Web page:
Recently, my old friend Don turned me on to a novel by an Irish writer, “A Long Long Way” by Sebastian Barry, about a young man from Dublin in the trench warfare in Flanders during WWI. With little exposure to contemporary literature, I was stunned by both the writer’s ability to render that horrendous time rather long before his own birth—and the character of a youth in a situation unlike anything he could have personally experienced.  Without exaggeration, it was a tour de force.

Just as I finished reading the novel, Don and I went to a lecture (one of a long series sponsored by the Lannan Foundation) featuring none other than Sebastian Barry. It was an inspiring presentation including readings from both “A Long Long Way” and Barry’s newer novel “Days Without End.”  The author explained that he’d written that in honor of his son who had courageously come out as gay.

Don quickly bought us a copy of “Days Without End,” and I read it with scarcely a pause for breath. The story of two young men experiencing America in the mid-19th century, it’s even more stunning in its reality, in its humanity, and in the finesse of its narrative technique.  I can only concur with one of its cover blurbs that the work is a ‘masterpiece.’  Elsewhere someone has astutely remarked that it is the ‘great American novel’—written by an Irishman!

Above and beyond those kudos, I have to say that Barry’s novel opens an entire chapter in gay history with the truth only fiction can achieve. It should be put at the top of any LGBT+ reading list!  And at the risk of sounding politically stupid (but with a lot more justification than certain recent claimants), I think it should be nominated for a Nobel Prize!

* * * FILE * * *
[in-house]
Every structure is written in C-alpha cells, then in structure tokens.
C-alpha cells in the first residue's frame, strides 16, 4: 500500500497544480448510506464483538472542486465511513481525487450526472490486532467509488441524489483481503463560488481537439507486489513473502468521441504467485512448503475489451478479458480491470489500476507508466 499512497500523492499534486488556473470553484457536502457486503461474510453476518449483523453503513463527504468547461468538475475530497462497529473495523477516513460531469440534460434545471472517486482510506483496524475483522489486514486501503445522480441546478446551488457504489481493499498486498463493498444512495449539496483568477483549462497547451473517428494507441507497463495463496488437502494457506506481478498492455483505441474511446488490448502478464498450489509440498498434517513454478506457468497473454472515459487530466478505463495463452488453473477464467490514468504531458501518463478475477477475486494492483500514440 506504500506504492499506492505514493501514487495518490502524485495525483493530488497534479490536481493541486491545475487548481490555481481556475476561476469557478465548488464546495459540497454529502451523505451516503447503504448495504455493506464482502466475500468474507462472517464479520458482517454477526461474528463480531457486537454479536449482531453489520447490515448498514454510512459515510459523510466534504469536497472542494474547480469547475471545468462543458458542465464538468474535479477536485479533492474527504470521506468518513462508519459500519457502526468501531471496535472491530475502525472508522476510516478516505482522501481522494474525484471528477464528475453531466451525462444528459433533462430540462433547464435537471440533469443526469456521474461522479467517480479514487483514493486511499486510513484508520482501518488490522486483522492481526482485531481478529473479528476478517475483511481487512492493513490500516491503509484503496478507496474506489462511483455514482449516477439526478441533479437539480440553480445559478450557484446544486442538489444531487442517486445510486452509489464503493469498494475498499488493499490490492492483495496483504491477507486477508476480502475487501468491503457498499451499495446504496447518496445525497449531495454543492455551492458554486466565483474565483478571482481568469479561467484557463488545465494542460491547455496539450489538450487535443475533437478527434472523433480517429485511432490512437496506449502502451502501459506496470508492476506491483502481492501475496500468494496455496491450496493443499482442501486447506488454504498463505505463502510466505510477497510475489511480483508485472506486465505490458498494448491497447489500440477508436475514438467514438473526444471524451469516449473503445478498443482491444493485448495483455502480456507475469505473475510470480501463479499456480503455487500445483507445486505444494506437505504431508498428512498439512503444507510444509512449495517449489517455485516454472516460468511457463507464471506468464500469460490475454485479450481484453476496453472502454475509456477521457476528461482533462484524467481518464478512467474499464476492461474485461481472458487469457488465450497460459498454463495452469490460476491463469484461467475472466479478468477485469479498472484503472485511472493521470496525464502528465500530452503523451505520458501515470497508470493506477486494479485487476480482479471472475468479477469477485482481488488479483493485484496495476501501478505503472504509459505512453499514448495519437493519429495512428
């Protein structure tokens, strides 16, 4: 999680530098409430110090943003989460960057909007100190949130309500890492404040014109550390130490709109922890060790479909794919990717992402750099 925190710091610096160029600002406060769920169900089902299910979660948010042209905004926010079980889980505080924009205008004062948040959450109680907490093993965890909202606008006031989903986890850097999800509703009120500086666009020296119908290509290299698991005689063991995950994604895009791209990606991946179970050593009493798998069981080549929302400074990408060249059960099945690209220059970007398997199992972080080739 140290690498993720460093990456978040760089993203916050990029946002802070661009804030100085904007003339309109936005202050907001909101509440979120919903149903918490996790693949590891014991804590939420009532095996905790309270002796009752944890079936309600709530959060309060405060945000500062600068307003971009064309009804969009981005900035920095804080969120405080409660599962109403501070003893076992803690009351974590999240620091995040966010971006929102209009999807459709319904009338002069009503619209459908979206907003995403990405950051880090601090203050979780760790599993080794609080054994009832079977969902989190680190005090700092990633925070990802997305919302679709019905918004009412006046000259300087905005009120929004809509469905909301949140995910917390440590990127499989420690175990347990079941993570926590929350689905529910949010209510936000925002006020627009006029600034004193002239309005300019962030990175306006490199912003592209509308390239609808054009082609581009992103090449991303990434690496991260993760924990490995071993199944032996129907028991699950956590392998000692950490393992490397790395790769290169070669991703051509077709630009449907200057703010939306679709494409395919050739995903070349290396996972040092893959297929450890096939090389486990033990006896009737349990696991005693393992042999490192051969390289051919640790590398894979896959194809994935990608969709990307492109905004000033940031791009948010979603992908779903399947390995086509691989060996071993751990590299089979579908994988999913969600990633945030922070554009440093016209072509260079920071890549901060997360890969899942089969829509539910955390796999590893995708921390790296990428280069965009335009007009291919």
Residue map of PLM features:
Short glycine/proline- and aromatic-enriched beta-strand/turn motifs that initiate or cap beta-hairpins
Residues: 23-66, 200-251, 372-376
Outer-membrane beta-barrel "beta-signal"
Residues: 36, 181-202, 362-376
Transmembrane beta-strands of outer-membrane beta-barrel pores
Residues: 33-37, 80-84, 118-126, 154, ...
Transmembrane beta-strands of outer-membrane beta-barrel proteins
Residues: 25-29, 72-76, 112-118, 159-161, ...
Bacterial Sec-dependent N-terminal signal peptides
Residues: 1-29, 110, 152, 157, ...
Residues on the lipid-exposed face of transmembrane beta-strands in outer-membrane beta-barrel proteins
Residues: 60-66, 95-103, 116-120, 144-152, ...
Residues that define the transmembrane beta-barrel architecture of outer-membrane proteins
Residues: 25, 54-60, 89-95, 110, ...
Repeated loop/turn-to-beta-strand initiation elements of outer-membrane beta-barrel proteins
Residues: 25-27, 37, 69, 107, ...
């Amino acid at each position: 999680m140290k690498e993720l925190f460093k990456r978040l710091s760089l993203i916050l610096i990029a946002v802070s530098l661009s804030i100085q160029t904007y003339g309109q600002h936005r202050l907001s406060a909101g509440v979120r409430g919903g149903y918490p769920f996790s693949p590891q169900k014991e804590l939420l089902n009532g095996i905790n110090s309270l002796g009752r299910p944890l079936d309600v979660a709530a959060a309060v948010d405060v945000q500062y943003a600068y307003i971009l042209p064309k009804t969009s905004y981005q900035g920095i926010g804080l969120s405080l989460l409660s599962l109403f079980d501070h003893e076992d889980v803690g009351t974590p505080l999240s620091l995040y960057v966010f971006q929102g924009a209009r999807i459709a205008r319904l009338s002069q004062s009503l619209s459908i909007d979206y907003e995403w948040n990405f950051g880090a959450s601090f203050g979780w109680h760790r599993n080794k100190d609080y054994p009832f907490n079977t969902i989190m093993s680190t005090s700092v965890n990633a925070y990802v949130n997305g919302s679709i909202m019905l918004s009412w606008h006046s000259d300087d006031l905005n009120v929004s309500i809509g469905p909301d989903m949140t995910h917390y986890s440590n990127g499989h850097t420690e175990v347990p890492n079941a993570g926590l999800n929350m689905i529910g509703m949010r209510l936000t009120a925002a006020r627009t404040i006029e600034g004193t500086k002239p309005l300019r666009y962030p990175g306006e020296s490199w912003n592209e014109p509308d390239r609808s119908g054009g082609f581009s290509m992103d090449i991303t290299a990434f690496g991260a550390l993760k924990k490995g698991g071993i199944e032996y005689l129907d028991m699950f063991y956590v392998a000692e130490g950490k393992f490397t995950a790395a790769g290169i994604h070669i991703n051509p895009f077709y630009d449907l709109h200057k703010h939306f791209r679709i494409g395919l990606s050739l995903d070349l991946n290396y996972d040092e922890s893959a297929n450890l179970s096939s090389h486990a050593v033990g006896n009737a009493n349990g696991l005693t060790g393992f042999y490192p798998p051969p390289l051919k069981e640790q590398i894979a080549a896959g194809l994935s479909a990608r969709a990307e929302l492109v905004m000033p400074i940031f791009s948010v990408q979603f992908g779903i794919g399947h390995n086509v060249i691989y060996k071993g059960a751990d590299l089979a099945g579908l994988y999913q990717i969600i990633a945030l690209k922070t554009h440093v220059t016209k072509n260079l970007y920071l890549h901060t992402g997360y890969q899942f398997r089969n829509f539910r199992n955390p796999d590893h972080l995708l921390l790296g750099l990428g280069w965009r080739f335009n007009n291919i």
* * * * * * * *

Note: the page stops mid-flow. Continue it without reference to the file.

Corroboration of my opinion has also come from a different quarter. While I’m not so sure about the predictive nature of horoscopes, I’ve found that the weekly sign-based messages in Rob Brezsny’s “Free Will Astrology”  are often right on as insightful interpretations of the immediate past.  For the week after I finished “Days Without End,” the astrologist suggested that I (as a Taurus) seek out stories that have the power to heal.  If ever a story has had that power, it’s “Days Without End.”

Please forgive me now for a brief vanity break: About 30 years ago I wrote a story called “Traveling Men”.  I can’t claim that it has the power to heal but do believe it’s fictionally true about gay history.  I’d be honored if you’d care to read it and agree.